One cannot reasonably demand that music must, by definition, yield all its meaning in perception. It would obviously be narrow-minded to deny the aesthetic validity of Machaut's palindromic chanson Ma fin est mon commencement, or to refuse to recognize it as music, simply because of the impossibility of grasping its structure in purely perceptual terms; it is equally narrow-minded to reject a piece of serial music (as people actually do, or at least used to do) on the grounds of its consciously adumbrated organization, without giving it a hearing first.

If, however, such a work were to yield nothing of interest in perception--if, in Dahlhaus's words, it remained 'a surplus intention which does not attain phenomen­ality' ( 1987: 225)--then one would have good reason for rejecting it, or even for failing to recognize it as music; for without the criterion of perceptual gratification there would be no means of drawing a distinction between music on the one hand and numerological speculation, theatrical activity, or mere mechanical exercise on the other. Consequently, while a musical composition may not be exhausted in perception, some degree of meaningful or gratifying perceptual engagement with it is a prerequisite if one is to approach it as music at all.

Friday 11 July 2008


Yes, it has returned, IMSLP/Petrucii Music Library is back online and while some content is under review, much of the older stuff seems available (e.g. a Bach solo flute partita).

Good work/nice action IMSLP team.

Wednesday 9 July 2008

Quotes of the Day 09/07/08

R. Murray Schafer

'We are usually more touched by what we hear than what we see. The sound of rain pelting against leaves, the roll of thunder, the whistling of wind in tall grass, the anguished cry excite us to a degree that visual imagery can seldom match. Music is for most people a stronger emotional experience than looking at pictures or scenery... Partly, perhaps, because we cannot close our ears as we can our eyes. We feel more vunerable to sound...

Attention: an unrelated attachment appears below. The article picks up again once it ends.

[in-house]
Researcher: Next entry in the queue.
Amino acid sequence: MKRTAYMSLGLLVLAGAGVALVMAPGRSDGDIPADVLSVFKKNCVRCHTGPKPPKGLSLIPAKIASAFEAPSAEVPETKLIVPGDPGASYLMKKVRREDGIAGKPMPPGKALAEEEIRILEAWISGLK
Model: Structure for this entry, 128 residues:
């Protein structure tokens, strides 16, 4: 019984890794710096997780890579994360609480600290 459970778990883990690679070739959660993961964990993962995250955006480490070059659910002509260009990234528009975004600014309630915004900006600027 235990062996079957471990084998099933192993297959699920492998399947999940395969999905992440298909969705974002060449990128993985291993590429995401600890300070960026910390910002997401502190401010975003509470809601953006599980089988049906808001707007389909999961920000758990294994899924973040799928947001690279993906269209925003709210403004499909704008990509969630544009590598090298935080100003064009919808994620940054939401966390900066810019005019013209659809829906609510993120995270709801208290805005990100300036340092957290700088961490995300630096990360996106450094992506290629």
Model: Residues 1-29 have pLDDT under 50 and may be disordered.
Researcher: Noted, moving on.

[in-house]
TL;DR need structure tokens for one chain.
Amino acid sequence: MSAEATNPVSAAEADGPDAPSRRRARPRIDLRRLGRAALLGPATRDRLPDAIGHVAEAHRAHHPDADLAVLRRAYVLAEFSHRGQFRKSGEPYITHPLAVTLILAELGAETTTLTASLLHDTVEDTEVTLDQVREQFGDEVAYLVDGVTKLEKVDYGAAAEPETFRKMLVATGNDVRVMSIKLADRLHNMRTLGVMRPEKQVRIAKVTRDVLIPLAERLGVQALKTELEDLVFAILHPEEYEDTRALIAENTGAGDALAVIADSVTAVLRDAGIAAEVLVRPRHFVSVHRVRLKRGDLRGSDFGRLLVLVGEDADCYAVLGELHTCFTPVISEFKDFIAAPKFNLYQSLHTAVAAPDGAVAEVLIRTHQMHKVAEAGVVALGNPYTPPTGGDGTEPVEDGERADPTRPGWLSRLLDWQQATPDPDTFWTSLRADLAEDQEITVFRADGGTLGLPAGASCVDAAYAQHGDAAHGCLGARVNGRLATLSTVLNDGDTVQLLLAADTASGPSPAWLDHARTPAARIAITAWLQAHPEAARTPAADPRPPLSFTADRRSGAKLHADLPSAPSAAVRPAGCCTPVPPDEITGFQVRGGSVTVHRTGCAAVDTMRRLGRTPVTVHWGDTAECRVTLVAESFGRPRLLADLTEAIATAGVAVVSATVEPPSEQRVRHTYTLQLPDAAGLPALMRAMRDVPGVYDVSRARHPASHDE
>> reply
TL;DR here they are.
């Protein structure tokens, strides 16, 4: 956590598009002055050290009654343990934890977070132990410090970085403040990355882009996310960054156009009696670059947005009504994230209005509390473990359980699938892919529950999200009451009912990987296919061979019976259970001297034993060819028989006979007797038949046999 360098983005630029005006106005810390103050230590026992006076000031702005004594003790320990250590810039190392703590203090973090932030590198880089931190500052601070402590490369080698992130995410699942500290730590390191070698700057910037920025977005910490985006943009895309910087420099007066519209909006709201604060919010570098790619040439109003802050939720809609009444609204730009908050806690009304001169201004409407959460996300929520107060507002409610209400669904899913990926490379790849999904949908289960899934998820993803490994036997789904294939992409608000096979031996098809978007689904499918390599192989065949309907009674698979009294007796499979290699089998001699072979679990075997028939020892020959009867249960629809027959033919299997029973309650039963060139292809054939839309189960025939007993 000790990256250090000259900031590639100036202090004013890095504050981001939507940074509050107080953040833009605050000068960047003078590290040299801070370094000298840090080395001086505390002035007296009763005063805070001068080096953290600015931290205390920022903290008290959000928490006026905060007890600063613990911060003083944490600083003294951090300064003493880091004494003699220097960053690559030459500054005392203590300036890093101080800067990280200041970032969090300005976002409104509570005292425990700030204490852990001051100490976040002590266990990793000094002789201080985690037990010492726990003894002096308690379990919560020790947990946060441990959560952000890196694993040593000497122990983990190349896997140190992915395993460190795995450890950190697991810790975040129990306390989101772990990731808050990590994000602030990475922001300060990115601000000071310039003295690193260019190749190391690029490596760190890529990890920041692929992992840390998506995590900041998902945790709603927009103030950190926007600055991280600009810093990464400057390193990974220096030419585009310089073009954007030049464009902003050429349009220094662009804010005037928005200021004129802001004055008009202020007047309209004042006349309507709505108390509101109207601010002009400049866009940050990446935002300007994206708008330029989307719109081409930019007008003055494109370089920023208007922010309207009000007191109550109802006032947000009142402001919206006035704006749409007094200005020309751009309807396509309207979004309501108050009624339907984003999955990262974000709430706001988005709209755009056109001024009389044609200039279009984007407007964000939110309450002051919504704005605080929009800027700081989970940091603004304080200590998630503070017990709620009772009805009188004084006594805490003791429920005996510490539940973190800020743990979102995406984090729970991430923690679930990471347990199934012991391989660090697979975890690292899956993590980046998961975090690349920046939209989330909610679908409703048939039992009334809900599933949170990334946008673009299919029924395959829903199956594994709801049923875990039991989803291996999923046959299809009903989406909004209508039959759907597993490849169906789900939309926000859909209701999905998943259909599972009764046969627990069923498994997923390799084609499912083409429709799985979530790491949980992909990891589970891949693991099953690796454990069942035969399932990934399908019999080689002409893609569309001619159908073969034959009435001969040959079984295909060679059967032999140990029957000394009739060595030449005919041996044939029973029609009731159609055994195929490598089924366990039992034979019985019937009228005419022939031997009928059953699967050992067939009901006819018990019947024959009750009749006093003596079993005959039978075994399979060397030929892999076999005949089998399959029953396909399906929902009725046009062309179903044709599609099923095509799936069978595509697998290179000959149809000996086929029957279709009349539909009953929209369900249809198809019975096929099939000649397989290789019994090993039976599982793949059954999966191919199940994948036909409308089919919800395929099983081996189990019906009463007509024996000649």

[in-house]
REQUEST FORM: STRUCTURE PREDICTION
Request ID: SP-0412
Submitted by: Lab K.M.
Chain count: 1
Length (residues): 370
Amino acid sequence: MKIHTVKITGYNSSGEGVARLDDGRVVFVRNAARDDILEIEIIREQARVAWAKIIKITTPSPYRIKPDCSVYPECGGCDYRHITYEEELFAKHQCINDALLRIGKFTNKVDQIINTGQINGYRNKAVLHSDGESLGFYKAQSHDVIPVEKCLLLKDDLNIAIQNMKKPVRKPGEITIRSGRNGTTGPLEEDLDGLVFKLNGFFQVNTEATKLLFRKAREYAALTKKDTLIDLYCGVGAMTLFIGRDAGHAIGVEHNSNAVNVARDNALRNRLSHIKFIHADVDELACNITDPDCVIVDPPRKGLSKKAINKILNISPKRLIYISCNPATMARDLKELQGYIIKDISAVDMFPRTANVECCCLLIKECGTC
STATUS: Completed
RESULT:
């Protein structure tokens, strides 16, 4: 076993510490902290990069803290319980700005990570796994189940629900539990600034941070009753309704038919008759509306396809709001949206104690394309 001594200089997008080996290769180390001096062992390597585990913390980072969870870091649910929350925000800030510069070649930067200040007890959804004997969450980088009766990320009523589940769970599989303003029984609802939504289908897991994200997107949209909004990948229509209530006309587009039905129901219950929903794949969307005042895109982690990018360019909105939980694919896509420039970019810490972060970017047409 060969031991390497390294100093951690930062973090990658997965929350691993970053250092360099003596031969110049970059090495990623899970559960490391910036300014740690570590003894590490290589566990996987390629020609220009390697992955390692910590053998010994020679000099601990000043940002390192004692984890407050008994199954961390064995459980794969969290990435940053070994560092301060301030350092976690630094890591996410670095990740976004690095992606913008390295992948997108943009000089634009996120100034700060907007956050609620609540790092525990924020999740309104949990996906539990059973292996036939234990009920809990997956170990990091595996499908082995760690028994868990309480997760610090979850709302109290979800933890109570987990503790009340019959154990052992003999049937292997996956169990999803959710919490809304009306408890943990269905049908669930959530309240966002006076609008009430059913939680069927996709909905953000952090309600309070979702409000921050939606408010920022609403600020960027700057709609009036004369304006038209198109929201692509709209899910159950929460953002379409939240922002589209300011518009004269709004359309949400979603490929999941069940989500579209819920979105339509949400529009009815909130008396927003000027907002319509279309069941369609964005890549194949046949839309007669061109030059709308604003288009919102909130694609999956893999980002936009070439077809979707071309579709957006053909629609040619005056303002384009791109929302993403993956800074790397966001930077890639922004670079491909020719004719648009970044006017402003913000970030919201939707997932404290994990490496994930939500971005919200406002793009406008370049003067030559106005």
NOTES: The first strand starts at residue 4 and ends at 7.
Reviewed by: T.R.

...Auditory space is very different from visual space. We are always at the edge of visual space, looking in with the eye. But we are always at the centre of auditory space, listening out with ears.... Visual awareness faces forward. Aural awareness is centred.'

'R. Murray Schafer: Quoted in Resonance: Essays On The Intersection Of Music and Architecture.

Man has not always been dominated by vision. Robert Mandrou stated that "the hierarchy of the senses was not the same as in twentieth century because of the eye, which rules today, found itself in third place, behind hearing and touch and far after them. The eye that organises, classifies and orders was not the favoured organ of time that preferred hearing."

Walter J. Ong in his book Orality and Literacy points out that the "the shift from oral to written speech was essentially a shift from sound to visual space," and that "print replaced the lingering fearing of dominance in the world of thought and expression with the sight dominance which had its beginning in writing."

The dominance of the sense of vision in architectural design was reinforced by writings of modernist architects like Walter Gropius, who stated that the designer "has to adapt knowledge of the scientific facts of optics and thus obtain a theoretical ground that will guide the hand giving shape, and create an objective basis," and Le Corbusier, who wrote "I exist in life only if I can see," supporting the notion that vision is the crux of everything by stating "I am and I remain an impenitent visual - everything is in the visual," and "one only needs to see clearly in order to understand."
Galia Hanoch-Roe; Scoring The Path: Linear Sequences in Music (printed in Resonance: Essays On The Intersection of Music and Architecture)

History of Symmetry Podcasts

Graph of E8 Gosset polytope, 42,1

Yes, a podcast series by Ian Stewart of Warwick University, to accompany his recent book, Why Beauty Is Truth: A History of Symmetry.

Monday 7 July 2008

Pun Babbitt, Pun Babbitt, Pun!, Pun!, Pun!

Another awful pun title I know but you`ve got to make this blogging lark fun somehow. Here is Milton Byron Babbitt`s complete works for piano performed and hosted by - the generous - Augustus Arnone. Free to stream or download (creative commons licence).

Sunday 6 July 2008

Quote of the Day (06/07/08)

'Creativity arises as a result of the intersection of two quite different frames of reference'
Arthur Koestler (quoted in Resonance: Essays On The Intersection of Music and Architecture)

Guess The Pattern: Win a Prize

The first person who can tell me how I made this pattern* wins a special prize. It`s a set of geometrical relationships, but which?. I`m wondering if there is some music here (time will tell, I`m working on it)..

It`s not designed to look nice, infact you could say it isn`t designed at all really, it`s just as it should be, as the proportions dictate. It has a sort of (ancient) Egyptian or Art Deco look to it, a bit.

*Don`t try anything cute like....'you made it with a pencil, a ruler, a compass and some paper'

EDIT: I just made this one from the same proportions..(why wasn`t geometry this interesting at school?)